Radical candor. All right. Let’s have some. 

It is going to be impossible for me to feel very sorry for a guy who describes himself—first thing!—as “pro-Trump” when he gets done in by Trump-style lying, bulls–t, and low-lifery. You buy the ticket, you take the ride. At least Matt Gaetz knows what he is: He’s a parasite, and happy to be one. He’s thrilled to be a leech on the body politic—a round little tick on the big American national scrotum that is the Florida panhandle—until the host organism either dies or somehow works up the self-respect to flick him off. Absent that, he’ll remain a bloodsucker pumping the political equivalent of Lyme disease into the political bloodstream.

And here’s Aaron Dimmock, taking a bold stand against the black-legged deer tick injecting the political version of Lyme Disease into the national bloodstream while proudly flying the banner of Haementeria ghilianii, declaring for Team Amazon Giant Leech. This is what being an anti-Gaetz, pro-Trump guy is: One more crudely imagined freak in the Chalmun’s Spaceport Cantina that is the God-forsaken Republican Party in Anno Domini 2024.

But I’m a Professional Journalist™ who isn’t supposed to have these thoughts—or who at least isn’t supposed to put them into digital print. I’m supposed to write about polls and endorsements and how Florida’s 1st Congressional District is R+19. You know: the stuff you expect from a media sophisticate, a genuine man of the press. This is one of those things you write and maybe show to your wife or a buddy and then delete. I’m picturing my poor editors clutching their heads right now and saying things that even I might hesitate to put into digital print.

But we could really use some damn radical candor. Because we are governed by imbeciles and thieves and miscreants and degenerates and people who are willing to put up with all that imbecility and thievery and miscreance and degeneracy if it gets them even such a pathetic prize as a temporary seat in the U.S. House of Representatives serving on behalf of the lovely folks who have freely chosen Matt Gaetz, of all bipedal things, as their man in Washington. I don’t know that my own personal soul is worth all that much, but I’d expect more than that in trade.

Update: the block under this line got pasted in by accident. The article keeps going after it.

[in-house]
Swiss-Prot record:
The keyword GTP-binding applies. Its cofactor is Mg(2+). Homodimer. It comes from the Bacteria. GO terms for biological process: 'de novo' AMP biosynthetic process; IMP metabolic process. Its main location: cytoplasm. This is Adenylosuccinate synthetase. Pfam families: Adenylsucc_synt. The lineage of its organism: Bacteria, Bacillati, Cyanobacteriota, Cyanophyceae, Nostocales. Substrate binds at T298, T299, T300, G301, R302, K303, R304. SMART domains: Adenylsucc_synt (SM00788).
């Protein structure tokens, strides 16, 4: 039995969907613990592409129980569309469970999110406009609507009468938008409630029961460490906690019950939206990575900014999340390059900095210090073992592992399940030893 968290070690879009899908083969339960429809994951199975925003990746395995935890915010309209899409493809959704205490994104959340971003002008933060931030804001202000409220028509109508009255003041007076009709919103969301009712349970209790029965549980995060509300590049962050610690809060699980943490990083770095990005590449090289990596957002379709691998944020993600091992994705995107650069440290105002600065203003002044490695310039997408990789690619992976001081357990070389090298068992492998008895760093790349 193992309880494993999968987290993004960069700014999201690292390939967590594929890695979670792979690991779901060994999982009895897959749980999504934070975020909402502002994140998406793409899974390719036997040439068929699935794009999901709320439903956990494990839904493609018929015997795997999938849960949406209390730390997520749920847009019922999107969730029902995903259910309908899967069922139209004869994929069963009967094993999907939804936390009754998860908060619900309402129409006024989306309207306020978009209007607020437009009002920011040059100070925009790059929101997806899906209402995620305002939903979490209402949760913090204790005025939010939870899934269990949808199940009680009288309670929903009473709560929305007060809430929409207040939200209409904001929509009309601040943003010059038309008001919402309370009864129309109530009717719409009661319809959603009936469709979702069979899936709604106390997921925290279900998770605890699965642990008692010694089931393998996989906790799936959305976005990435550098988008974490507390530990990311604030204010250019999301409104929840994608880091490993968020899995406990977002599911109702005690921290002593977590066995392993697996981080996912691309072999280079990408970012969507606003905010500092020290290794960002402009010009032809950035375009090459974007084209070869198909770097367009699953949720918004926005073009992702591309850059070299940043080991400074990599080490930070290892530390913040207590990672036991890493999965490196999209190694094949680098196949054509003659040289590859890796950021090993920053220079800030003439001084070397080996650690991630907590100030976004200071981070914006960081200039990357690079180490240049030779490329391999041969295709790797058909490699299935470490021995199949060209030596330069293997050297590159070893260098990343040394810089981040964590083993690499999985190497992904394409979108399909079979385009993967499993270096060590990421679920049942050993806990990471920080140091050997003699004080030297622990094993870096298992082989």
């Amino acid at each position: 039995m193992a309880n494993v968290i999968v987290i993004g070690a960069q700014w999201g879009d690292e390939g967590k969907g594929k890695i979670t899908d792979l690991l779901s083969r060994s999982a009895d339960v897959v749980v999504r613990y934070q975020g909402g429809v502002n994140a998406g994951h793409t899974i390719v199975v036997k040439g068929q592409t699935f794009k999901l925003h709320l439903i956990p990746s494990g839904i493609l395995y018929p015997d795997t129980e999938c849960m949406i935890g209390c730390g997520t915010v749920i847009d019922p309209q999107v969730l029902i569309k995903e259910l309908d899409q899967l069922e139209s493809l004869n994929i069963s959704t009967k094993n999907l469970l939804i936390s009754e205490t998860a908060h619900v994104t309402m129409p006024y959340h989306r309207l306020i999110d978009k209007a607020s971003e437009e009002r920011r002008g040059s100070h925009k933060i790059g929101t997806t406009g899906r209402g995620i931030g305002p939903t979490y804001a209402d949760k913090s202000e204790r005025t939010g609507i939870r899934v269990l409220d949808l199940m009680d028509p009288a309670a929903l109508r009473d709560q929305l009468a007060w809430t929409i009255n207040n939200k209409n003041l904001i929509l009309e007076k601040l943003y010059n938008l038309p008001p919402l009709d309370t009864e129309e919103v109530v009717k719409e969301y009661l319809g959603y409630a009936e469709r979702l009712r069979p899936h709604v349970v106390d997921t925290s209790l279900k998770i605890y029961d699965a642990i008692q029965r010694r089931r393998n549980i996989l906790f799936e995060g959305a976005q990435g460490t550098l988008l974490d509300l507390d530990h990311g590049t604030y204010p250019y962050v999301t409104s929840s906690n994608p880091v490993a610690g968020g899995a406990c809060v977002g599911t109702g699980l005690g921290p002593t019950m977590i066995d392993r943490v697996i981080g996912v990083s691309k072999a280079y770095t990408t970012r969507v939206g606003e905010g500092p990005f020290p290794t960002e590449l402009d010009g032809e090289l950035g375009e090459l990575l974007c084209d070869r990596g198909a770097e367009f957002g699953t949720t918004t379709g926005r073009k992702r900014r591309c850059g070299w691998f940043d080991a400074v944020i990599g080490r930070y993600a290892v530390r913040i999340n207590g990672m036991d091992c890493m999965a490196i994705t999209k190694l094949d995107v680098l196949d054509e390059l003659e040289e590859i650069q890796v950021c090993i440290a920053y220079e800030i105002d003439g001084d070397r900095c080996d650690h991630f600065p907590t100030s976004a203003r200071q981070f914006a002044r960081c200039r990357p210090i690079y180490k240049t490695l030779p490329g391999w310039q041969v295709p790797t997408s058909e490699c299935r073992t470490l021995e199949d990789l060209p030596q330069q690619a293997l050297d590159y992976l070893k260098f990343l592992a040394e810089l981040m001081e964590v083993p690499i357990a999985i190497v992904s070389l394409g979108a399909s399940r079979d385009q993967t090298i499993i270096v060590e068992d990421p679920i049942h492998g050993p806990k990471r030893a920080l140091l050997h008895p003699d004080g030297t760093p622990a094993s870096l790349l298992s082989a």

And so here endeth the candidate profile. Good luck, Aaron Dimmock, “radical candor coach”—coach!—and gormless Trump sycophant. You’re going to lose—for nothing. I may not have a gigantic readership, but this probably will be the most-read thing ever written about you, and it would have been better if you could have worked up the manhood to say what you and I both know to be obviously—and I mean illuminated-by-Klieg-lights obviously—true. It isn’t easy ending up the weasel in a story in which Matt Gaetz figures prominently.

Over at the Washington Post—where a few reporters are trying to sandbag the new publisher for having the audacity to point out that their work sucks and has sucked pretty hard since 50 years ago when Americans started confusing Bob Woodward with Bob Redford—they’ll tell you: “Democracy dies in darkness.” But that isn’t it, at all. There isn’t any darkness. There are no shadows in which to hide our deeds. There aren’t any secrets. There are just the animal facts, naked and undisguised, right out there in public view for all to see. Even political journalists can see it, in their few sober moments, though they may be constrained at most times by professional norms to pretend that they don’t.

Kevin D. Williamson is national correspondent at The Dispatch and is based in Virginia. Prior to joining the company in 2022, he spent 15 years as a writer and editor at National Review, worked as the theater critic at the New Criterion, and had a long career in local newspapers. He is also a writer in residence at the Competitive Enterprise Institute. When Kevin is not reporting on the world outside Washington for his Wanderland newsletter, you can find him at the rifle range or reading a book about literally almost anything other than politics.